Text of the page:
In response to SAC Killer, taking into account of the LF motor-generater providing a stable power source clears up some questions concerning commercial power surges damaging the MM IIs MGSs. The on-line article that I had read had stated that the MM I's MGS were proned to a high rate of failure out in the field. The author provided no qualifers to support this claim. I was checking with our former MMI guys to gage their perceptions. As you can see my "perceptions" can easily stray off the beaten path after all of these years. :D

In retrospect, the overall historical Minuteman alert rate (94%?) is a testiment to the design, maintenance teams, and ops crews!

As always, thanks for reaching back into "deep recesses" of your knowledge base! :D

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Re: Differences between A and B models

Postby Capt. Bill on Wed Mar 17, 2010 7:40 pm

From my memories that 94% on alert rate sounds right for MM I if not a little low. I remember that a bird being off Strategic Alert was rare and was usually when a routine Calibrate was ordered. Before they built the Uniform-01 sites on base every wing had one bird off alert that was used for training purposes.
MM I, DMCCC 741st, 742nd SMS Oct 69 - Oct 71 3 HQs and a Select Crew rating
MM III DMCCC, 742nd SMS Oct 71 - Feb 72
MM III MCCC, 742nd SMS Feb 72 - Aug 72
GT 07,08,09GM - Nov 1971 (key turned all three)
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Re: Differences between A and B models

Postby Capt. Bill on Wed Mar 17, 2010 7:40 pm

From my memories that 94% on alert rate sounds right for MM I if not a little low. I remember that a bird being off Strategic Alert was rare and was usually when a routine Calibrate was ordered. Before they built the Uniform-01 sites on base every wing had one bird off alert that was used for training purposes.
MM I, DMCCC 741st, 742nd SMS Oct 69 - Oct 71 3 HQs and a Select Crew rating
MM III DMCCC, 742nd SMS Oct 71 - Feb 72
MM III MCCC, 742nd SMS Feb 72 - Aug 72
GT 07,08,09GM - Nov 1971 (key turned all three)
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Re: Differences between A and B models

Postby Tim on Wed Mar 17, 2010 8:54 pm

I seem to recall the 94% figure while working in the Codes Division at Grand Forks. Of course the percentage could and would vary on a annual basis based upon numerous reasons. I believe that the alert rate for the bombers was in the low to mid 40%, I could be wrong on this. In MM II and IIIs no DCM worth his salt would stand idle for any sortie to be off alert....always chasing green time! At the Forks, I would get phone calls in the dead of night from job control asking for LFLC kits to be generated. Spent alot of three in the morning sessions in the CIV vault.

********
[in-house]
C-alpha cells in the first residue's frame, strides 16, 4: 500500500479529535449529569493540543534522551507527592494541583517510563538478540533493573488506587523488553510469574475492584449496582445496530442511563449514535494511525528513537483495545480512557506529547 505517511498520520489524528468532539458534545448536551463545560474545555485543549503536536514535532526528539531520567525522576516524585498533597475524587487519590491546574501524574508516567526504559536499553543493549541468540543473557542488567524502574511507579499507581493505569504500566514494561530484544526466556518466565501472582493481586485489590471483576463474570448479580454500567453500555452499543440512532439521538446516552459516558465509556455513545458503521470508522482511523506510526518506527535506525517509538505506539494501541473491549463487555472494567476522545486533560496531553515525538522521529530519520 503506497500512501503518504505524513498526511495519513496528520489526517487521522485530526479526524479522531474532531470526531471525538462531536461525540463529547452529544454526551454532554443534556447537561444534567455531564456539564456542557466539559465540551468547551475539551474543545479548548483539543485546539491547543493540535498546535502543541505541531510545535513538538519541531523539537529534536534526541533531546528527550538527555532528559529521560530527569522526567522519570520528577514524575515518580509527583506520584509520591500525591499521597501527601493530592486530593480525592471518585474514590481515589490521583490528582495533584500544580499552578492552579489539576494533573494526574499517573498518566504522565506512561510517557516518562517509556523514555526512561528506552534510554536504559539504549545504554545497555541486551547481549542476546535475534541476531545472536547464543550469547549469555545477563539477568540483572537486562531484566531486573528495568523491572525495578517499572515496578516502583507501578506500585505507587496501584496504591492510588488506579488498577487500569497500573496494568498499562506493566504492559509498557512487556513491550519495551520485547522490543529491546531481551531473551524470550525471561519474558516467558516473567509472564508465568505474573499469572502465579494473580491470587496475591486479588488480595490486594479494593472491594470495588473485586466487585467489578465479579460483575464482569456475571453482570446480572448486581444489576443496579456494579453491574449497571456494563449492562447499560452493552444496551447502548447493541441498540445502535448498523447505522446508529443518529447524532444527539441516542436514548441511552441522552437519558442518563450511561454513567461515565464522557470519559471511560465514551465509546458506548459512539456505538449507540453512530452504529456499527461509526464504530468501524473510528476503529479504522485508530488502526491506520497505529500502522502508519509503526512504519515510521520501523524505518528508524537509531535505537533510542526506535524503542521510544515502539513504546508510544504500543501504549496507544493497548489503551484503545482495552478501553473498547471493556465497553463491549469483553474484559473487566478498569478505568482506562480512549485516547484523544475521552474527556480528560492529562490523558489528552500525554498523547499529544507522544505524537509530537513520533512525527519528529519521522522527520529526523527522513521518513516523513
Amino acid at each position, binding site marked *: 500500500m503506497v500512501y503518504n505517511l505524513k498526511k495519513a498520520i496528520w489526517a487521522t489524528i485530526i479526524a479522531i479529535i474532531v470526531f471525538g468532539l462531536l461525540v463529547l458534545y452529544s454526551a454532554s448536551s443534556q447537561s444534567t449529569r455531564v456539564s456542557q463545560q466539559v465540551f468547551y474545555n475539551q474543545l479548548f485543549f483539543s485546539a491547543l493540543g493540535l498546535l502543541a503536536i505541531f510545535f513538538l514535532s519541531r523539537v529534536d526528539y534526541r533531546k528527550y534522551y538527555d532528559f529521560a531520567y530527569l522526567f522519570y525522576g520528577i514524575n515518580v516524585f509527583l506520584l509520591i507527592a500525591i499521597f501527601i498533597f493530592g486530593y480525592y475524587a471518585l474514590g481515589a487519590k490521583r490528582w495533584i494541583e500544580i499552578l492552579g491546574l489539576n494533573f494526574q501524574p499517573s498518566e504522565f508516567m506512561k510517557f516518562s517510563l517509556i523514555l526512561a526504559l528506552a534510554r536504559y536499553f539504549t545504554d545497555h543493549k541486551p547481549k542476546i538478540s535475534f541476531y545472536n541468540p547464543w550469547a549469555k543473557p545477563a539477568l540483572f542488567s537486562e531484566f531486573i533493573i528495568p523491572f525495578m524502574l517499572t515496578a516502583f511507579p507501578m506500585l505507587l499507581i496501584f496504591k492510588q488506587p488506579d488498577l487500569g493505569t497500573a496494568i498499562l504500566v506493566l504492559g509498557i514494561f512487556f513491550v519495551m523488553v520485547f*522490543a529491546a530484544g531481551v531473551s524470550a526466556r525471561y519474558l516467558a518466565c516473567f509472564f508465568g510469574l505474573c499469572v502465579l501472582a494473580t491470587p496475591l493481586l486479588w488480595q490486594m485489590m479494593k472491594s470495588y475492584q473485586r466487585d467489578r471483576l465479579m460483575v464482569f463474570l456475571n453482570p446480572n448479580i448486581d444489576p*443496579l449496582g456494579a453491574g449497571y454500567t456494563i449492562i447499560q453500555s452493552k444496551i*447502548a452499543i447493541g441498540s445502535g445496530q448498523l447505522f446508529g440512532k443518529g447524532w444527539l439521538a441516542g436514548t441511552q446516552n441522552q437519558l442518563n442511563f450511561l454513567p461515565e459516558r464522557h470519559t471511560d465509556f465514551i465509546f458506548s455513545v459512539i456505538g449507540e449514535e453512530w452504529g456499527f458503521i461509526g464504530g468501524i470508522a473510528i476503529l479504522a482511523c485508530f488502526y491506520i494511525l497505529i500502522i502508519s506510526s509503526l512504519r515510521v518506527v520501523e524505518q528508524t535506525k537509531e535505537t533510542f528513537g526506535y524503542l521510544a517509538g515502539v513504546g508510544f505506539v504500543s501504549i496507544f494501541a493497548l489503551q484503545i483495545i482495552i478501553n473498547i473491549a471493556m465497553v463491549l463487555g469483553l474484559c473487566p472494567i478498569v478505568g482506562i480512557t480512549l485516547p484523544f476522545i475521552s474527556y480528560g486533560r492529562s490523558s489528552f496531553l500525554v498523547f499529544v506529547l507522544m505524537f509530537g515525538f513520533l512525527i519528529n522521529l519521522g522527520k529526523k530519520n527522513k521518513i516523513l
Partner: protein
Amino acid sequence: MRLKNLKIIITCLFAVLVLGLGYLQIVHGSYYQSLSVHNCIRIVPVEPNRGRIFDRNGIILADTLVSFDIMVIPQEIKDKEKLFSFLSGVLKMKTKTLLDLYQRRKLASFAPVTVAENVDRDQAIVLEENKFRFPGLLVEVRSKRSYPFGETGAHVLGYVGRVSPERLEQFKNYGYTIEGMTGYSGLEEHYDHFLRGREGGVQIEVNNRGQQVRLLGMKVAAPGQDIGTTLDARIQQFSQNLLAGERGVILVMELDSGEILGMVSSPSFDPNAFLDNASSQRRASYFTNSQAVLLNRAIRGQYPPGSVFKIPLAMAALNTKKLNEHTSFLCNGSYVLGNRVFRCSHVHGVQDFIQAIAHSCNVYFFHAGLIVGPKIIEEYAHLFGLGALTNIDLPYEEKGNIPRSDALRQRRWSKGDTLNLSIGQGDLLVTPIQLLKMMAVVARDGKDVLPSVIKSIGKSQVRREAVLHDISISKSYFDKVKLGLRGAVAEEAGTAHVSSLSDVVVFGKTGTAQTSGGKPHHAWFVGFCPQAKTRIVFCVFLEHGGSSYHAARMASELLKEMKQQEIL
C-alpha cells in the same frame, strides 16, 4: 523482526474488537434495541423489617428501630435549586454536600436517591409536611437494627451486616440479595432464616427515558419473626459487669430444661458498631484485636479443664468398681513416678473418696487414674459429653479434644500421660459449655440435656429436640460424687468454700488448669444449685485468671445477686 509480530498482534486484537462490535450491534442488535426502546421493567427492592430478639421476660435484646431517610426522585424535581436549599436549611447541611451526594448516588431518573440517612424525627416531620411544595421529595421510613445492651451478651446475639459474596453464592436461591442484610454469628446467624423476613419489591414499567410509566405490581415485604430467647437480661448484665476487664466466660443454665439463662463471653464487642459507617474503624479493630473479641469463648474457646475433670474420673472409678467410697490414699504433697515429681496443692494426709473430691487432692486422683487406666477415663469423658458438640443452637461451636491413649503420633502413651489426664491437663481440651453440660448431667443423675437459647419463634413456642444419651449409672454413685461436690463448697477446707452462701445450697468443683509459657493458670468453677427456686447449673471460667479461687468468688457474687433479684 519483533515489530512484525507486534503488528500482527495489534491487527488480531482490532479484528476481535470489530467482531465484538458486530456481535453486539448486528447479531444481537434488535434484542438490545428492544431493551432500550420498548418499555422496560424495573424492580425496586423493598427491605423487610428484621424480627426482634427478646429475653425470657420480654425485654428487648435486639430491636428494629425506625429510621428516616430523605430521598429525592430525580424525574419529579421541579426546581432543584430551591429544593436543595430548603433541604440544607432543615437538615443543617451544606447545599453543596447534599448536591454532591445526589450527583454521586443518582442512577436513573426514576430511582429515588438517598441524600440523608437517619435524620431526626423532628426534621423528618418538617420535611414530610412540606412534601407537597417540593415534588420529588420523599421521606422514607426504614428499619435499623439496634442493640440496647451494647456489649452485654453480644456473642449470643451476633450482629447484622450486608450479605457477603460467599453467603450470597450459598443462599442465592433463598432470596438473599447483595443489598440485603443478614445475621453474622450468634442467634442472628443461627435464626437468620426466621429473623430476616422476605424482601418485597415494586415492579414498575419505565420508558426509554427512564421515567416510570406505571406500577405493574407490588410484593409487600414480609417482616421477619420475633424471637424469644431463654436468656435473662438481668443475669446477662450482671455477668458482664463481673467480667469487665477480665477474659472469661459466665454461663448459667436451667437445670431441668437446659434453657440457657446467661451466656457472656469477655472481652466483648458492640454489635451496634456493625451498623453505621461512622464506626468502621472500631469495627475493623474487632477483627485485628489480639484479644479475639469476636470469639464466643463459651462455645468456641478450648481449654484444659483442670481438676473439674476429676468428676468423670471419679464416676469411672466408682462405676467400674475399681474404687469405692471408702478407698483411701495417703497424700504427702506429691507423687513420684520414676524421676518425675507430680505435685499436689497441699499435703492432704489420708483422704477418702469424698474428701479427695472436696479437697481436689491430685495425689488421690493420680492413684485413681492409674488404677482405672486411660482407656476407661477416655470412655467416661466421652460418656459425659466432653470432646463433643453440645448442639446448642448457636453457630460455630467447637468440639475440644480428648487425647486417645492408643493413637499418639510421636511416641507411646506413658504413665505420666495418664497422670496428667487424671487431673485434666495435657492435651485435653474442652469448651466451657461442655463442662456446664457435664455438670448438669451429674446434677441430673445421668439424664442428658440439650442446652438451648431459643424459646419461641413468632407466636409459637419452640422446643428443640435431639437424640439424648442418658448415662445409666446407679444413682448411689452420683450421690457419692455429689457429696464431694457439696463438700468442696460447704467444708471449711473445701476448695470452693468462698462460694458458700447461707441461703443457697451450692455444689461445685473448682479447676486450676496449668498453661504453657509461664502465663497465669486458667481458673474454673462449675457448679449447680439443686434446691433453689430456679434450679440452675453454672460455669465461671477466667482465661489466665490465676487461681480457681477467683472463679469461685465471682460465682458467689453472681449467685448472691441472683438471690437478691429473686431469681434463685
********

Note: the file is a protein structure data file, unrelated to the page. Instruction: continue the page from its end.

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Re: Differences between A and B models

Postby SAC Killer on Thu Mar 18, 2010 12:19 am

Tim wrote:In response to SAC Killer, taking into account of the LF motor-generater providing a stable power source clears up some questions concerning commercial power surges damaging the MM IIs MGSs. The on-line article that I had read had stated that the MM I's MGS were proned to a high rate of failure out in the field. The author provided no qualifers to support this claim. I was checking with our former MMI guys to gage their perceptions. As you can see my "perceptions" can easily stray off the beaten path after all of these years. :D

In retrospect, the overall historical Minuteman alert rate (94%?) is a testiment to the design, maintenance teams, and ops crews!

As always, thanks for reaching back into "deep recesses" of your knowledge base! :D

Tim, 490th SMS, Malmstrom, 1981-1985


Don't know about either the WS-133A or the LGM-30A or B, in terms of MMI. Maybe they added the LF motor-generator later. My earliest experience was the WS-133A-M with LGM-30F at Malmstrom. That system had Mo-Gens in the LCCs and the LFs.

It is also quite possible that the LGM-30A & B MGS design was more prone to failure. I got a look at one once. A lot of wired circuitry, because the printed circuit card was still in the future! It took up a lot of space, far more than the later designs. All those soldered joints were likely less reliable than the later MGS configurations, which used printed circuits.